- Development & Aid
- Economy & Trade
- Human Rights
- Global Governance
- Civil Society
Thursday, September 3, 2015
Lawrence Del Gigante interviews SAID MECHICHI, State Secretary of Reform in the Ministry of the Interior of Tunisia
- Following the revolution that culminated in the ouster of longtime President Zine El Abidine Ben Ali in January 2011, Tunisia embarked on a transitional justice process with the intention of addressing the gross human rights violations of the dictatorship.
The new administration established commissions with the purpose of addressing the abuses committed during the popular protests, and to aid them in this endeavour, a Ministry of Transitional Justice and Human Rights was created.
The country is also transitioning from a justice system that was fraught with corruption, impunity and lack of autonomy, to a model of judicial integrity. In a post-revolutionary society, this process is not a straightforward one.
Said Mechichi serves as state secretary of reform in the Ministry of the Interior of Tunisia. A lawyer by profession, he is a member of the Tunisian Association for the Defence of Human Rights and of the National Council of Civil Liberties and is also a founding member and director of the Centre for the Independence of the Judiciary and the Legal Profession, a founding member of the Tunisian Association Against Torture and serves on the lawyers’ committee of the Tunisian branch of Amnesty International.
Speaking with IPS correspondent Lawrence Del Gigante, Mechichi discussed the important steps needed to ensure a Culture of Peace in Tunisia, as well as the challenges that the country currently faces.
Q: What role does trust play in re-establishing the rule of law?
A: The question is more than good. Why was the revolution launched? It’s a protest against the institutions of the regime, and the revolution is launched assuming that there was no longer any credibility for the prevailing institutions.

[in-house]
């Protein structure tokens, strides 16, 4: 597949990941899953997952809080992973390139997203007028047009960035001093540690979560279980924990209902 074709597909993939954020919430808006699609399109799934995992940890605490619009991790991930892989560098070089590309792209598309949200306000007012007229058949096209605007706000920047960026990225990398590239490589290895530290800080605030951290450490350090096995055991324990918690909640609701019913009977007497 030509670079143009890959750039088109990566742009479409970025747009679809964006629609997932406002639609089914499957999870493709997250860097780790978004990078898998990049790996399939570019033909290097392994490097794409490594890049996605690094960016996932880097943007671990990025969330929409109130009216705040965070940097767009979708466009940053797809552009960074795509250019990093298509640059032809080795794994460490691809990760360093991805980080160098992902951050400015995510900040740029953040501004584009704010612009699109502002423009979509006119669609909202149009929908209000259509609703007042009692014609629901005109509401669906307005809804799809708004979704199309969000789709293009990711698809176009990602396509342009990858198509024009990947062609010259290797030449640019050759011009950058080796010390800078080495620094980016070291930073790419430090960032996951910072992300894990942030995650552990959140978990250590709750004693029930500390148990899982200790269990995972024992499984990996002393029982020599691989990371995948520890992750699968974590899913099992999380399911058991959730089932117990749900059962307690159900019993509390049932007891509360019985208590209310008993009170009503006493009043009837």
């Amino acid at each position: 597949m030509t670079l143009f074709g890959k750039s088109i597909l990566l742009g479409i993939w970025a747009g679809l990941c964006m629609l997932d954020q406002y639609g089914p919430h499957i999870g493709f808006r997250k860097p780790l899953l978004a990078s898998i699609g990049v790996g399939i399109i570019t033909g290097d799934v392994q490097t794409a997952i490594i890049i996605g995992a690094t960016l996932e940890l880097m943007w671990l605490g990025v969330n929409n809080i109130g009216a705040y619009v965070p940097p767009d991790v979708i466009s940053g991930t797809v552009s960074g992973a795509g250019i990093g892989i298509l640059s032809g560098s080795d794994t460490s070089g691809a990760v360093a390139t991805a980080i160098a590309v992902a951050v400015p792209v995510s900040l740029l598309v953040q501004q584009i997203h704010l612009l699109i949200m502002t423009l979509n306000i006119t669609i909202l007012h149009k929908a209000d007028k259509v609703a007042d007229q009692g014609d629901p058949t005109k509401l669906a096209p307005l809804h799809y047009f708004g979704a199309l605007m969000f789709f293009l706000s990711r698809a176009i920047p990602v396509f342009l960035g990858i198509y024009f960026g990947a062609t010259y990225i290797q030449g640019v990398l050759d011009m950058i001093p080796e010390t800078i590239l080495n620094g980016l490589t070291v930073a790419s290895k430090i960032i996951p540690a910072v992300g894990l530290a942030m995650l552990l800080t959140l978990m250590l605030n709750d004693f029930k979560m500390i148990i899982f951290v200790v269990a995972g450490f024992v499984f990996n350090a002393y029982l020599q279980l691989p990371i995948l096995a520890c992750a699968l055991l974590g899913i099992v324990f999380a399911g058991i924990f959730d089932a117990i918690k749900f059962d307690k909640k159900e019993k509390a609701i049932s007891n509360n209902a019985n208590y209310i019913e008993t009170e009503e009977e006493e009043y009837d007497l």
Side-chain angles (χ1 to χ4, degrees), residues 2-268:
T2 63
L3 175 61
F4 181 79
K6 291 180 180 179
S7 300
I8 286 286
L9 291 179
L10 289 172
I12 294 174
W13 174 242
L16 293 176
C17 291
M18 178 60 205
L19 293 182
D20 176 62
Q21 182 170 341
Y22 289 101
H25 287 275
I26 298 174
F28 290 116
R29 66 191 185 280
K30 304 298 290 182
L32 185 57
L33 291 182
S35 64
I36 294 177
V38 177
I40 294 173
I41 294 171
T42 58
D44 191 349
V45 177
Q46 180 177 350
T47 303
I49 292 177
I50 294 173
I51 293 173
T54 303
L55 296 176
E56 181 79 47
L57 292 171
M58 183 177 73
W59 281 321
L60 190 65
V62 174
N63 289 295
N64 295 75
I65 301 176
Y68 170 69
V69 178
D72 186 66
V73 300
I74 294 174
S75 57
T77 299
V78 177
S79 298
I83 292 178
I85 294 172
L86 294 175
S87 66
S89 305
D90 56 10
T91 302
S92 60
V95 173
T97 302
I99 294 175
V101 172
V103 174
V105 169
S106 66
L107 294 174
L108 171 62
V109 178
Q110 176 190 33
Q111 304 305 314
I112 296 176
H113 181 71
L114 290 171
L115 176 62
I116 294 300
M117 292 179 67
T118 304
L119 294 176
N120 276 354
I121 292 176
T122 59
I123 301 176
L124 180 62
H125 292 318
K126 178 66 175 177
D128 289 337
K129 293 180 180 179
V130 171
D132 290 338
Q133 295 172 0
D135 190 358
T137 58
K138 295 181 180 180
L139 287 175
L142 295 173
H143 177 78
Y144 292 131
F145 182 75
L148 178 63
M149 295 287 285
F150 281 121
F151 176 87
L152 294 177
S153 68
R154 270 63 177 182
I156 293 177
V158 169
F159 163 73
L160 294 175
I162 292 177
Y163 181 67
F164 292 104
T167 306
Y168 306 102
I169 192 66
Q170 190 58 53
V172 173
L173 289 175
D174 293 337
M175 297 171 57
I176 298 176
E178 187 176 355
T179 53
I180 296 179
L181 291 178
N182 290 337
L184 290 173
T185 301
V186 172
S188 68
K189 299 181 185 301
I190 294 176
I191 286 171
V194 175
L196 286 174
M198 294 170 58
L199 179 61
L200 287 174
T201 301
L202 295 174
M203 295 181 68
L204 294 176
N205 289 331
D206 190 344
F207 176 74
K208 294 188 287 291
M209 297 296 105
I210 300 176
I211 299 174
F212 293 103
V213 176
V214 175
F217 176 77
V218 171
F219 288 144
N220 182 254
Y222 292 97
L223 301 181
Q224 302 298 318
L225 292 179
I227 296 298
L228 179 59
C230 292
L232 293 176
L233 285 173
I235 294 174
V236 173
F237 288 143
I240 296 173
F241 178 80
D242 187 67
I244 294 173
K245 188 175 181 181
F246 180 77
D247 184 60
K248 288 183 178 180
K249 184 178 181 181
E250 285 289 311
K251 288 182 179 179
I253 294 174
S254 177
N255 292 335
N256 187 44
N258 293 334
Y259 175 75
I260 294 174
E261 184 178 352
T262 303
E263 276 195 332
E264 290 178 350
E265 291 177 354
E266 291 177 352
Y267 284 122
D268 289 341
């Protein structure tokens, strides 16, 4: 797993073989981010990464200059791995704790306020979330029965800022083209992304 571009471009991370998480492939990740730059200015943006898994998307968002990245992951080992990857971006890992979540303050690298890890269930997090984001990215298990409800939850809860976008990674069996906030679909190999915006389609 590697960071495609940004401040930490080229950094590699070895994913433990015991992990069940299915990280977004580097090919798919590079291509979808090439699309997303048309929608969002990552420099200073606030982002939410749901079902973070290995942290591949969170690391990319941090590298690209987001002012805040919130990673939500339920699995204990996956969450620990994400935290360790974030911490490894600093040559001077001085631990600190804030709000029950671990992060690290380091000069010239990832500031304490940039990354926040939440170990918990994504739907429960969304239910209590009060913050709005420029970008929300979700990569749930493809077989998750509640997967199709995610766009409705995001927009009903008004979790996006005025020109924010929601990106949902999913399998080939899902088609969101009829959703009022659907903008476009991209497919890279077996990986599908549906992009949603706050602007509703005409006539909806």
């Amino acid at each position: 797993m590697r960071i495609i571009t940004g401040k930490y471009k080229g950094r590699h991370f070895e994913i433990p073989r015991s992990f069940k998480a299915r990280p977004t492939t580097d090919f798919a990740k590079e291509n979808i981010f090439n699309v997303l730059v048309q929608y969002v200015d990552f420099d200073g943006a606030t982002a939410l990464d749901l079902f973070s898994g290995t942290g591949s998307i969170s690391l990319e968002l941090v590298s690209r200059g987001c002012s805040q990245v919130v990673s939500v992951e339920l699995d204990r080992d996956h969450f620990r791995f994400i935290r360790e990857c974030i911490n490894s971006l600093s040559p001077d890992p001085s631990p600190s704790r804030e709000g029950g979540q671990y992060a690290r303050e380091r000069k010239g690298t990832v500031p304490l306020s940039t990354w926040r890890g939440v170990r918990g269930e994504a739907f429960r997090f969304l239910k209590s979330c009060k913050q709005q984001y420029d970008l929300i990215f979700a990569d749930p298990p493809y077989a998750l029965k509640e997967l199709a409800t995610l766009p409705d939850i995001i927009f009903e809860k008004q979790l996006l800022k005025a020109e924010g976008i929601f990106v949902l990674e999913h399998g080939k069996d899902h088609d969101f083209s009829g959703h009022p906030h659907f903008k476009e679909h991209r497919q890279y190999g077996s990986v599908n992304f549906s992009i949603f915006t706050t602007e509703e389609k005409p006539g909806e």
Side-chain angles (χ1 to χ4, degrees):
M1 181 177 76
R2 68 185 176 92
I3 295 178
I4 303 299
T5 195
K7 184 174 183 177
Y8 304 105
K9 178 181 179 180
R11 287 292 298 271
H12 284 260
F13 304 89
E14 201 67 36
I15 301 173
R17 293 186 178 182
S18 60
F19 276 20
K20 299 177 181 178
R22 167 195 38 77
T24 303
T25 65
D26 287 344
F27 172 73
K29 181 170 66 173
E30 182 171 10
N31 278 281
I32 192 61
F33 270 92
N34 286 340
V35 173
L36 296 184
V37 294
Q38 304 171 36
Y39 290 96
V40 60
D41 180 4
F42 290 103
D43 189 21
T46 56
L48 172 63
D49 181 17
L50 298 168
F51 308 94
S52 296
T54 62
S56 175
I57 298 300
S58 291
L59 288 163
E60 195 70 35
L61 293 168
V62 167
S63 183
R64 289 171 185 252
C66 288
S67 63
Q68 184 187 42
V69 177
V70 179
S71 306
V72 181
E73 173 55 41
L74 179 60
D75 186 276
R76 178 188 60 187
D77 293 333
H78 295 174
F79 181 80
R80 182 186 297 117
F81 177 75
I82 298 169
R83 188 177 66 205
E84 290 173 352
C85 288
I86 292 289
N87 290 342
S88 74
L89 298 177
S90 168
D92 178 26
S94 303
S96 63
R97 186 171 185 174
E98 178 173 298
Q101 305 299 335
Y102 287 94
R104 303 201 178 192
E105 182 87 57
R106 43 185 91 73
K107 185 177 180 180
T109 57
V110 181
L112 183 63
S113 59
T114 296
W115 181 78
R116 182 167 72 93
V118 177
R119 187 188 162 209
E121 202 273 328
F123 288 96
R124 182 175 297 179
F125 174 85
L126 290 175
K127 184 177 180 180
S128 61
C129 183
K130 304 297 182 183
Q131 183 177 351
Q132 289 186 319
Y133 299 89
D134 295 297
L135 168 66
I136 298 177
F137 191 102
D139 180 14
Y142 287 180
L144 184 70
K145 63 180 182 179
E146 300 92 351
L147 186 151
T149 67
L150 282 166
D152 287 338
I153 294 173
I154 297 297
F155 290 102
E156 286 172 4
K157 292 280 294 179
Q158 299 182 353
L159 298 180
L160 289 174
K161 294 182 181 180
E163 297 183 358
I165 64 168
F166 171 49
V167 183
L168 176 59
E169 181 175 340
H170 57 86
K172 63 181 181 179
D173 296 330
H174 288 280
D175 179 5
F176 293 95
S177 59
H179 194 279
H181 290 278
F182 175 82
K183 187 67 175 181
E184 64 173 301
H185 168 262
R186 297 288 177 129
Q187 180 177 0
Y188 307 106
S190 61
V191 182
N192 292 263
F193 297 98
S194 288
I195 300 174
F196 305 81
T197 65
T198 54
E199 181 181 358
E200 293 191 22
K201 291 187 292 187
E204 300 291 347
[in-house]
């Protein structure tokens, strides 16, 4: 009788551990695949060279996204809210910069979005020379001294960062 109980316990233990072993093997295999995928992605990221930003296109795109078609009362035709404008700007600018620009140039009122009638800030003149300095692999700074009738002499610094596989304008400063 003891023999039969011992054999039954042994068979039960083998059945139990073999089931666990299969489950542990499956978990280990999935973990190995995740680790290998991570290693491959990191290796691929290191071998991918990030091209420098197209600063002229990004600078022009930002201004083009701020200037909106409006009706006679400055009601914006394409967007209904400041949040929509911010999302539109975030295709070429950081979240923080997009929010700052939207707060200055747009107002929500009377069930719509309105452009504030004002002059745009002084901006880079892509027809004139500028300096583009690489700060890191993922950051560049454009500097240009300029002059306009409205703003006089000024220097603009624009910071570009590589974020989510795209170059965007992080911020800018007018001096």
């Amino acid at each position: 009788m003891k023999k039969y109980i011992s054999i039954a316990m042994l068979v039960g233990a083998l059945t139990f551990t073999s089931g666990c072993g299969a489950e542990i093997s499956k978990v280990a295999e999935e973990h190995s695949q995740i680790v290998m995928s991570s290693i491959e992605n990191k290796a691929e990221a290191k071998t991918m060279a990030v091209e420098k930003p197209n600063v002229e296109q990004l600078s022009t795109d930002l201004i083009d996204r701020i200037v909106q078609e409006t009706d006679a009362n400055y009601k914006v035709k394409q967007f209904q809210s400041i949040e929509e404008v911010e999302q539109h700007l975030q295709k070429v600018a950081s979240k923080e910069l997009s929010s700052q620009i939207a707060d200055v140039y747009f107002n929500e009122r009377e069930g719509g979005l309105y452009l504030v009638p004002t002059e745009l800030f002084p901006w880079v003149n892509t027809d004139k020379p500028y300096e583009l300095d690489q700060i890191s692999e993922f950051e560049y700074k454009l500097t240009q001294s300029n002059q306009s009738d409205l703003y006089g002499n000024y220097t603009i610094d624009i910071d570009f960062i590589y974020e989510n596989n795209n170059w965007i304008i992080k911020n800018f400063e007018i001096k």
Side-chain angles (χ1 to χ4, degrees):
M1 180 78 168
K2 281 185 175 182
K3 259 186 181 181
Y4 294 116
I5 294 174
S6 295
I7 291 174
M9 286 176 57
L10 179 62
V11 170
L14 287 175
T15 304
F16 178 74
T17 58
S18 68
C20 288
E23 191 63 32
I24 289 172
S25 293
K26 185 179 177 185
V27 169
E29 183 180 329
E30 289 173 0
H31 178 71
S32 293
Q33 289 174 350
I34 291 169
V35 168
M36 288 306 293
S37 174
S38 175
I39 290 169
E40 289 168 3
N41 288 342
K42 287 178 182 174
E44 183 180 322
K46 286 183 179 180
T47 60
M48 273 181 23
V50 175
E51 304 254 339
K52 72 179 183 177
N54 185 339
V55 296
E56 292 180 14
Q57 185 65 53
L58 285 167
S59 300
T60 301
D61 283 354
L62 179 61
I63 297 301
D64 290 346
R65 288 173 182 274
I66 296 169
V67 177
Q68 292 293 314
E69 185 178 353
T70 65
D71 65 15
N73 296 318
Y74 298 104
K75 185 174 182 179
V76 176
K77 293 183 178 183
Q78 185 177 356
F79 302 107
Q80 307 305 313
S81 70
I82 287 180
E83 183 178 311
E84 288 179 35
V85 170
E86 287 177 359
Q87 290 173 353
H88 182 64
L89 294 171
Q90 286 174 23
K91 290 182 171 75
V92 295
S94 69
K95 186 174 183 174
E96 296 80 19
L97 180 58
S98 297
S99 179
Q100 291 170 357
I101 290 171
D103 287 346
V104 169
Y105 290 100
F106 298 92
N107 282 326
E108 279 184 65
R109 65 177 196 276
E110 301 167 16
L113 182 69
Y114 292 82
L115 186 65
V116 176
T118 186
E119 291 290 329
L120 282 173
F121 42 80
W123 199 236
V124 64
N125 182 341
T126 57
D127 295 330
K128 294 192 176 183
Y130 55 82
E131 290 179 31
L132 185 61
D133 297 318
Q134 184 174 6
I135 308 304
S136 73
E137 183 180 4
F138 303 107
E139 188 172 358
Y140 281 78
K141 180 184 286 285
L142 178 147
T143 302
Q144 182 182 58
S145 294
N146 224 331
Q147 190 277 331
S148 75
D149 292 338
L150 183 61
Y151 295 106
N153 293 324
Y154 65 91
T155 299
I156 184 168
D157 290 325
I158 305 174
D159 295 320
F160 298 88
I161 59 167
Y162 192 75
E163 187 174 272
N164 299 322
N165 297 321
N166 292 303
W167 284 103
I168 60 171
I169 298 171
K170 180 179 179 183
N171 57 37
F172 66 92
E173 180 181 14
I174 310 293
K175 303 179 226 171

Naturally the revolution shows that there is no link, that there is a severed link between the institutions and the citizenry. The most important action to be taken post-revolution is to restore confidence in the institution of the state; the judiciary, the media, the institutions that are in charge of social and economic affairs, the institutions that represent the sovereignty of the state, the officials who are in charge of administration and public affairs domestically, regionally and nationally, beginning with the lowest employee all the way up to the prime minister and the president.
Trust must be built so that we can respond to the basic needs, in the initial phase. In the subsequent phase there must be thinking of reform relating to the laws and employment, jobs and the positions that govern the work of these institutions. A new culture must be propagated widely in all fields, to do away with the culture inherited from the previous regime.
Q: What is happening at a grassroots level in Tunisia, from a humanitarian point of view?
A: The people who launched the revolution have certain benefits because they have demanded improving their socioeconomic conditions. Since the inception of the revolution until now, there have been no protests or demonstrations that call for employment and improvement of the situation.
Naturally, we seek to meet all demands and support the budget that is set aside for development in particular, and to accelerate the study and implementation of development projects in cooperation with fraternal and friendly countries and specialised agencies.
Unfortunately, there are many, many demands. Many of them are extremely urgent and they have to do with providing the basic necessities such as water, power, roads and basic equipment for the work of the authorities. We are seeking to provide for these needs because there has been a delay in the support.
We are awaiting an improvement in the situation and the provision of resources and the provision of support by donors and by the organisations.
Q: What are the barriers to fostering a Culture of Peace in a post-revolutionary country?
A: The biggest is the disruption of dialogue between the basic parties and the major players. One of the most important impediments is the failure to achieve, as far as development is concerned, because people will run out of hope, having entertained great hopes, and they may have reactions which are uncalculated and unexpected.